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21/09/2006 - 30/10/2006

AR / Contemporary Gallery is pleased to announce an exhibition of selected works by New York-based artist Beth Brideau.
The huge pieces of paper containing irregularly painted color spots attract attention and open a window to another world. Upon closer view the abstract and expressive gestures become sensible analysis of nearly endless landscapes with forests and rivers. Stepping backwards, the monochrome watercolor paintings in the white exhibition space are like clouds in an open sky. And this is the escape route of Beth Brideau, a young, New York-based emerging artist.

By painting panoramic views of landscapes, Brideau achieves a contemporary interpretation of a traditional genre in the visual arts and classic theme in art history. The Egyptians, Etruscans and Romans tried to suggest the countryside with symbols and attributes. It wasn’t until the 14th century that Italian artists succeeded to approximate a kind of reality. With her talent and accumulated knowledge Brideau reaches a high level of artistic expression and masters the technique of reduction and enrichment at the same time. On a graphite draft, using only water and one color, she paints an infinite number of color values and expresses all the necessary detail of the panoramic scene. “Perspective” takes on a dual meaning: Classic linear perspective of the landscape reinforces the perspective of the viewer’s vertiginous distance between the airplane and the earth. At that point the paintings’ non-geometrical abstraction achieves the spiritual transcendence of Abstract Expressionism, as well as the harmonic void of eastern philosophy.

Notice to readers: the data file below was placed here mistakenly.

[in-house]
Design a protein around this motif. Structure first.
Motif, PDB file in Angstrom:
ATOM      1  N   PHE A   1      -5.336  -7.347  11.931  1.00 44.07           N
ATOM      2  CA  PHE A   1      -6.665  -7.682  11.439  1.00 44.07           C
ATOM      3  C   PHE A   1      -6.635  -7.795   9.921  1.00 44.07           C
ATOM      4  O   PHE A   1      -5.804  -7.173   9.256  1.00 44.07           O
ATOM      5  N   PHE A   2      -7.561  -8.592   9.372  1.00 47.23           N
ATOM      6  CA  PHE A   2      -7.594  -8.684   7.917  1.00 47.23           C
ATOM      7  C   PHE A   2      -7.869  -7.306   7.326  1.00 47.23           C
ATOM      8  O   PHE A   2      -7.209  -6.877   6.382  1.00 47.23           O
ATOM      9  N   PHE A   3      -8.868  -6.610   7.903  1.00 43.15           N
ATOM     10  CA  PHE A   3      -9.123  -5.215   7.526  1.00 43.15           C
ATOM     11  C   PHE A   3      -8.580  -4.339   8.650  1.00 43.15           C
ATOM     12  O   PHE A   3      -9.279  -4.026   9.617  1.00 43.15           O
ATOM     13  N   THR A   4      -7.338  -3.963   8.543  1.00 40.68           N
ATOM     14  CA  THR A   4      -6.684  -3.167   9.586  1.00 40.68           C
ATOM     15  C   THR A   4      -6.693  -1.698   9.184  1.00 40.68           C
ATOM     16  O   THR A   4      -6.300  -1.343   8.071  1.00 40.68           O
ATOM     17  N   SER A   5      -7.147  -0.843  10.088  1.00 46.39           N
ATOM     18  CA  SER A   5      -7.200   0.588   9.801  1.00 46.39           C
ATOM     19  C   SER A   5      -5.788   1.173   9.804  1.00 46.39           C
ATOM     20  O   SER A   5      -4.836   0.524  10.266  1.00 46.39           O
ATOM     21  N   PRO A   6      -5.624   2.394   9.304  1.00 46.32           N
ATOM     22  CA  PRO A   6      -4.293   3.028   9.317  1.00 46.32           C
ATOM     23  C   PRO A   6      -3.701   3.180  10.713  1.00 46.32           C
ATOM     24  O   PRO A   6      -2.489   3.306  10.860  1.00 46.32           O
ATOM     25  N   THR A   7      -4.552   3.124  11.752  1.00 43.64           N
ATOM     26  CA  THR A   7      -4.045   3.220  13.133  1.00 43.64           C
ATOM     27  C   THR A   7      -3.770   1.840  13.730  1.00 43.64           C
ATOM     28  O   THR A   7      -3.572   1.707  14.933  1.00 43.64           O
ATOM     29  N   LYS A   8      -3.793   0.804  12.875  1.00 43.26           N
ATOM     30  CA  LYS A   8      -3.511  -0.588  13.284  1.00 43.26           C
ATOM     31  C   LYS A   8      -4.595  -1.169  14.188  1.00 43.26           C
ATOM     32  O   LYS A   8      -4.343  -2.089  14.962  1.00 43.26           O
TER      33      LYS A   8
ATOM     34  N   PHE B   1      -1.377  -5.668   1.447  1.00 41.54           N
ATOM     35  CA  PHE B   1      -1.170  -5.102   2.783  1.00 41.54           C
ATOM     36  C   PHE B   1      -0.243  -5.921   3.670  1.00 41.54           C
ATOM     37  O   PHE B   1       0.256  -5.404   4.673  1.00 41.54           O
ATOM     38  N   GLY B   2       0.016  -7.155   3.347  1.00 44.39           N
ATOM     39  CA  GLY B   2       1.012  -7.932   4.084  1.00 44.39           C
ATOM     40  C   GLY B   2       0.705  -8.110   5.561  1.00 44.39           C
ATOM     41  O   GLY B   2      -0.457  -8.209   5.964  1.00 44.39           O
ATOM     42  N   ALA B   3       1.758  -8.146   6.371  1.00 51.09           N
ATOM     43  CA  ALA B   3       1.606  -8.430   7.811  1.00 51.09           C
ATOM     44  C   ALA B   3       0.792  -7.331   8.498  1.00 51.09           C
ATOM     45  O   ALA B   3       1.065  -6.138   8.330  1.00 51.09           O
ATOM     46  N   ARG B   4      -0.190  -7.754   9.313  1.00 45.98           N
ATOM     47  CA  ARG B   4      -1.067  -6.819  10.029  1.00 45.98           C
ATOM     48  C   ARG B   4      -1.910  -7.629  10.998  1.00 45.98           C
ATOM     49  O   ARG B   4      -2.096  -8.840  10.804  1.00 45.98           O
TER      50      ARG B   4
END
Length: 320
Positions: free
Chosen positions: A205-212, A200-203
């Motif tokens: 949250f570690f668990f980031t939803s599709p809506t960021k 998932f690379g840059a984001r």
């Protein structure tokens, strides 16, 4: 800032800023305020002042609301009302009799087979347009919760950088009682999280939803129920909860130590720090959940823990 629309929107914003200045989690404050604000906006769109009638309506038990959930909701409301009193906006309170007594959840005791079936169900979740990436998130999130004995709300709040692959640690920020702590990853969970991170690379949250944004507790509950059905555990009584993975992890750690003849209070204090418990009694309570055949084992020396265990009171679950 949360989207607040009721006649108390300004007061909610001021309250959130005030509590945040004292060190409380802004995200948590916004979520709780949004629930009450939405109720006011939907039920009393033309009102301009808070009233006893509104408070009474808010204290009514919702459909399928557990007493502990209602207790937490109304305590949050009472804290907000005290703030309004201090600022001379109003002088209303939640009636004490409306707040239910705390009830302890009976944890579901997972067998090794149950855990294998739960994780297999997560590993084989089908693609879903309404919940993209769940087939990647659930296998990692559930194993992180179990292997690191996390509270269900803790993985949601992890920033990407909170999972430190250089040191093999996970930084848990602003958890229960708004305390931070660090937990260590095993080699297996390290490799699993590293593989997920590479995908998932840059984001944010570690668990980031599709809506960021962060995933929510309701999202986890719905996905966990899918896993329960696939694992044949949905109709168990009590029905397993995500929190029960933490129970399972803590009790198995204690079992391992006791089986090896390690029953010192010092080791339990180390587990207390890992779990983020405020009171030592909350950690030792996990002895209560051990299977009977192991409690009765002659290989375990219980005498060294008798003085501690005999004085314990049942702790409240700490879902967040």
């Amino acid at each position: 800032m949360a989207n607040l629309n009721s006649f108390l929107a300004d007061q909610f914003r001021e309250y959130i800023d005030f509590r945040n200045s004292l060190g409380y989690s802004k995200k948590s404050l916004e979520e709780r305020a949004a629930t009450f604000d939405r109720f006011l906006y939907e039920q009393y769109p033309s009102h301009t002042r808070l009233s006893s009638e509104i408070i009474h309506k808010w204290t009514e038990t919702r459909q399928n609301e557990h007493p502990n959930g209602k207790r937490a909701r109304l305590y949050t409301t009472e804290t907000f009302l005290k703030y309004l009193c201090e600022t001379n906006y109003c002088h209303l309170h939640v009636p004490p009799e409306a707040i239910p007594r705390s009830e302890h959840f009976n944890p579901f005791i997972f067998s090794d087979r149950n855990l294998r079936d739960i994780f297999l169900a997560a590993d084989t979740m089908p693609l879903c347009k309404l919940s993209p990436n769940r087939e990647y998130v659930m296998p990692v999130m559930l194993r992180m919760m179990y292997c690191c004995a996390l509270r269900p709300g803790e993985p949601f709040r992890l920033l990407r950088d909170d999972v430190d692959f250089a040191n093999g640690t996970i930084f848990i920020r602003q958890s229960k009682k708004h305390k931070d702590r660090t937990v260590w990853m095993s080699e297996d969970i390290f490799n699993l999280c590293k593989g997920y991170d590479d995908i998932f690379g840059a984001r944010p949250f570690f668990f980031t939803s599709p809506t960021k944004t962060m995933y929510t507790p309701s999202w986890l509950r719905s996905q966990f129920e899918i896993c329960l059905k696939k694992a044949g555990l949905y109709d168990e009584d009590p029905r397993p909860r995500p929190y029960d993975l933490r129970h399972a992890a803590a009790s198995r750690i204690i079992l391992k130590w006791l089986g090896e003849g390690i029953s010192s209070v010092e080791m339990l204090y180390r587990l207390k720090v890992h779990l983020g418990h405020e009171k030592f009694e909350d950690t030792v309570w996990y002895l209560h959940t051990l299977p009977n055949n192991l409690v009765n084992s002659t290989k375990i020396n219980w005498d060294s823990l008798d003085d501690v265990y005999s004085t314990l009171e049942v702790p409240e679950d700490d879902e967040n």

Even after having been mistaken for a terrorist, Brideau still takes original photographs of air views for her paintings. However, for this series she selected her images from satellite renderings of the earth: Monochrome landscapes reveal her escape route from New York City to South America. The virtual flight contains a clear political and social critique of her home country: “I have decided to do a series of paintings of what would be my escape route. When the US becomes too much, too horrible my plan is to escape to Uruguay. So I have collected images from a fictitious flight from NYC to Montevideo.” For this reason virtual pictures of a real desire become a painted truth of a fictive reality.

Oliver Orest Tschirky, Curator and Art Critic, Bern, Switzerland